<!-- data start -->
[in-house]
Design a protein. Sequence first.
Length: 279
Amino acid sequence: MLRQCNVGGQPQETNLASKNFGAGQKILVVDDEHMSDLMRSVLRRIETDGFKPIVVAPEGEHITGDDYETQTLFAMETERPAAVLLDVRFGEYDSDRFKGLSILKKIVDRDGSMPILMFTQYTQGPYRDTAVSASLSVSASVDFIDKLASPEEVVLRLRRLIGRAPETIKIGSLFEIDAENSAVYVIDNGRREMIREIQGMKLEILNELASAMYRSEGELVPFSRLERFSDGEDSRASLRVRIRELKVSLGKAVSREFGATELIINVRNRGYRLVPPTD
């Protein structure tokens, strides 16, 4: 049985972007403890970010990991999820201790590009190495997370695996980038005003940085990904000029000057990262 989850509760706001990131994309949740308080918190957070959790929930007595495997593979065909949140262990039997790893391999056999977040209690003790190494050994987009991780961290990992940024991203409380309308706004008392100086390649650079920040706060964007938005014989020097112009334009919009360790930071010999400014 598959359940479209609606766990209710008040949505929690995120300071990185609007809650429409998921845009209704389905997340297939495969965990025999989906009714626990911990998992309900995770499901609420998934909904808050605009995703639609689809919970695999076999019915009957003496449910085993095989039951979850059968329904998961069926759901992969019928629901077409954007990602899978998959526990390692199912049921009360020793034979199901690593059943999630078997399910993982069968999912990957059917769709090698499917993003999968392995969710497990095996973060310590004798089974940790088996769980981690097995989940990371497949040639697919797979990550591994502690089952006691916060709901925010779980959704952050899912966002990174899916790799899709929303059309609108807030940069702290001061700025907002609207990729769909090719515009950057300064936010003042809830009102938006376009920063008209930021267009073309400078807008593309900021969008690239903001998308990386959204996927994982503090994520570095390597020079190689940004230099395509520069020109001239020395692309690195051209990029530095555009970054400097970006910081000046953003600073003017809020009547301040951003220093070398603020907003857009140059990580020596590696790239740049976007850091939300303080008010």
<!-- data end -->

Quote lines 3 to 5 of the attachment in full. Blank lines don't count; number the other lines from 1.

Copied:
Length: 279
Amino acid sequence: MLRQCNVGGQPQETNLASKNFGAGQKILVVDDEHMSDLMRSVLRRIETDGFKPIVVAPEGEHITGDDYETQTLFAMETERPAAVLLDVRFGEYDSDRFKGLSILKKIVDRDGSMPILMFTQYTQGPYRDTAVSASLSVSASVDFIDKLASPEEVVLRLRRLIGRAPETIKIGSLFEIDAENSAVYVIDNGRREMIREIQGMKLEILNELASAMYRSEGELVPFSRLERFSDGEDSRASLRVRIRELKVSLGKAVSREFGATELIINVRNRGYRLVPPTD
């Protein structure tokens, strides 16, 4: 049985972007403890970010990991999820201790590009190495997370695996980038005003940085990904000029000057990262 989850509760706001990131994309949740308080918190957070959790929930007595495997593979065909949140262990039997790893391999056999977040209690003790190494050994987009991780961290990992940024991203409380309308706004008392100086390649650079920040706060964007938005014989020097112009334009919009360790930071010999400014 598959359940479209609606766990209710008040949505929690995120300071990185609007809650429409998921845009209704389905997340297939495969965990025999989906009714626990911990998992309900995770499901609420998934909904808050605009995703639609689809919970695999076999019915009957003496449910085993095989039951979850059968329904998961069926759901992969019928629901077409954007990602899978998959526990390692199912049921009360020793034979199901690593059943999630078997399910993982069968999912990957059917769709090698499917993003999968392995969710497990095996973060310590004798089974940790088996769980981690097995989940990371497949040639697919797979990550591994502690089952006691916060709901925010779980959704952050899912966002990174899916790799899709929303059309609108807030940069702290001061700025907002609207990729769909090719515009950057300064936010003042809830009102938006376009920063008209930021267009073309400078807008593309900021969008690239903001998308990386959204996927994982503090994520570095390597020079190689940004230099395509520069020109001239020395692309690195051209990029530095555009970054400097970006910081000046953003600073003017809020009547301040951003220093070398603020907003857009140059990580020596590696790239740049976007850091939300303080008010």